Wednesday, November 17, 2010



Introduction to poisons

A poison - also called a toxin - is a substance which, if taken into the body in sufficient quantity, may cause temporary or permanent damage.
Poisons can be swallowed, absorbed through the skin, inhaled, splashed into the eyes, or injected. Once in the body, they may enter the bloodstream and be carried swiftly to all organs and tissues. Recognition features vary with the poison - they may develop quickly or over a number of days.

Swallowed poisons

Chemicals that are swallowed may harm the digestive tract, or cause more widespread damage if they enter the bloodstream and are transported to other parts of the body.
Hazardous chemicals include common household substances. For example, bleach, dishwasher detergent, and paint stripper are poisonous or corrosive if swallowed. Drugs, whether they are prescribed or bought over the counter, are also potentially harmful if they are taken in overdose. The effects of poisoning depend on the substance that has been swallowed.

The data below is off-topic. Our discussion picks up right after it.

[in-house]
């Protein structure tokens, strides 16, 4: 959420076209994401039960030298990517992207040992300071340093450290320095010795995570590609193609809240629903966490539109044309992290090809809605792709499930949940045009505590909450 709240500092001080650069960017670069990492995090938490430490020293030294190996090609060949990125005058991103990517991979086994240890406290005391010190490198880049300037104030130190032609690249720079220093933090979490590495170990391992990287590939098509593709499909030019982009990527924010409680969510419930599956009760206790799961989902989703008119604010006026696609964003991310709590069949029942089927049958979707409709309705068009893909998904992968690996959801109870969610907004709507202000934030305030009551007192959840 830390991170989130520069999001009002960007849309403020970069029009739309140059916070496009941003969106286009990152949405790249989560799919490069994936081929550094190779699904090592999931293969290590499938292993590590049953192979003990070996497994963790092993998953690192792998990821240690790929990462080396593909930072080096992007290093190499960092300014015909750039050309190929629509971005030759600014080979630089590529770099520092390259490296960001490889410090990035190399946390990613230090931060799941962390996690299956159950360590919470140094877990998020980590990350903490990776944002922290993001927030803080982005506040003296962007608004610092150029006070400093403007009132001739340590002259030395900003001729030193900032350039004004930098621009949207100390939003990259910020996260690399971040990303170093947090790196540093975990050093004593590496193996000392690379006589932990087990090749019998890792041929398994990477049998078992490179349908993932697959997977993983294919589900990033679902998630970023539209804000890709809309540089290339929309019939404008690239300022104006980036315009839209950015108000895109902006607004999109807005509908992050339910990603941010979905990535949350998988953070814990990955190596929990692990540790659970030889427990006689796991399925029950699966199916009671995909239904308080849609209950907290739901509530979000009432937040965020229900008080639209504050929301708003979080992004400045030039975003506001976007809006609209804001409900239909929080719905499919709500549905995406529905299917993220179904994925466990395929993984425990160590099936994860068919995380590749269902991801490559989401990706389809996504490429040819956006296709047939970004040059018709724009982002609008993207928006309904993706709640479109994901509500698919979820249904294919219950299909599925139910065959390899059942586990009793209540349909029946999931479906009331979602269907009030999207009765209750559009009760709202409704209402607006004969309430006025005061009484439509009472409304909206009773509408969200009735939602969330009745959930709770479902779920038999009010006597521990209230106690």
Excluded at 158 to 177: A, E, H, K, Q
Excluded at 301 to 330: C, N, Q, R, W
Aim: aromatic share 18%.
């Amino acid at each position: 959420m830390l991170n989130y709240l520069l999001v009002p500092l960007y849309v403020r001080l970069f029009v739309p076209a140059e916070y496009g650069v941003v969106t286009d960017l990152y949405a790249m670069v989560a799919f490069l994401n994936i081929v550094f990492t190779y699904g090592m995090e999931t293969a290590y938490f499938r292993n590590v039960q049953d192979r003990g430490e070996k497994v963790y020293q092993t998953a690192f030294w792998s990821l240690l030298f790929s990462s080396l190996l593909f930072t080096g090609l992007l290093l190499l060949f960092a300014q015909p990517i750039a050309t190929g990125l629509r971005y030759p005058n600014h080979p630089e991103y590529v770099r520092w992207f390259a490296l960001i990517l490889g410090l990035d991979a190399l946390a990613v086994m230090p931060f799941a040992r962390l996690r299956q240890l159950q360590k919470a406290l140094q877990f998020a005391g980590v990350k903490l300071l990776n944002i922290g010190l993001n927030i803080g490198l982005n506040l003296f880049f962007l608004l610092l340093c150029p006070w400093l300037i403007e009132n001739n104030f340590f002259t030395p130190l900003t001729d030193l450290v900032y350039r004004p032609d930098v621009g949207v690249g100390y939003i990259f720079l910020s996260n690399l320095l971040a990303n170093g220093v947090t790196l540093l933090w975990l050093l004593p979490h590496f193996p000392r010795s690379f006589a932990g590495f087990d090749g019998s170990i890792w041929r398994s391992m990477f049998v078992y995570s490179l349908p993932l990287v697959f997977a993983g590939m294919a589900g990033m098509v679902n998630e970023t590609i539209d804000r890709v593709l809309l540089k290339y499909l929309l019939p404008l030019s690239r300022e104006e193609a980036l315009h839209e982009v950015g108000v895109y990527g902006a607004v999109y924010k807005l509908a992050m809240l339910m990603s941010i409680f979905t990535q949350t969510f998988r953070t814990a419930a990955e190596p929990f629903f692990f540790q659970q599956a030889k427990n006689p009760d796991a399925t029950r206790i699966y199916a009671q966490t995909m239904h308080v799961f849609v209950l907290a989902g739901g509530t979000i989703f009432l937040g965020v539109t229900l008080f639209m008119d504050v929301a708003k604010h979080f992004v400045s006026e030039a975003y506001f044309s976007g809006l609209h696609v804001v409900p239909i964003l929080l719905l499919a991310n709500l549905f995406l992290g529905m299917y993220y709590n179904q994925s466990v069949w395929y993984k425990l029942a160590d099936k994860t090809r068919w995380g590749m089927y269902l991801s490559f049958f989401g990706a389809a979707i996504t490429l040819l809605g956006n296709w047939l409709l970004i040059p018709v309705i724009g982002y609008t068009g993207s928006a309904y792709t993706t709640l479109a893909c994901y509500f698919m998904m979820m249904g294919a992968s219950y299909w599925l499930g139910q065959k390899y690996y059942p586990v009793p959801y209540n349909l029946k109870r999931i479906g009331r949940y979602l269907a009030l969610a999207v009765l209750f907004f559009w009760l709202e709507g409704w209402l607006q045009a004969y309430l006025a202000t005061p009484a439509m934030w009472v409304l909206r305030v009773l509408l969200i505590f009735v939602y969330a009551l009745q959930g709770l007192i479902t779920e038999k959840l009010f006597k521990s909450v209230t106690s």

Recognition features

Depends on the poison, but there may be:
  • Vomiting, sometimes bloodstained.
  • Impaired consciousness.
  • Pain or burning sensation.
  • Empty containers in the vicinity.
  • History of ingestion/exposure.


Your aims:
  • To maintain the airway, breathing, and circulation.
  • To remove any contaminated clothing.
  • To identify the poison.
  • To arrange urgent removal to hospital.
If the casualty is conscious:
  • Ask them what they have swallowed.
  • Try to reassure them.
  • Dial 999 for an ambulance
  • Give as much information as possible about the swallowed poison. This information will assist doctors to give appropriate treatment once the casualty reaches hospital.
If the casualty becomes unconscious:
  • Open the airway and check breathing
  • Be prepared to give chest compressions and rescue breaths if necessary.
  • Place them into the recovery position if the casualty is unconscious but breathing normally.
  • Use a face shield or pocket mask for rescue breathing if there are any chemicals on the casualty's mouth.

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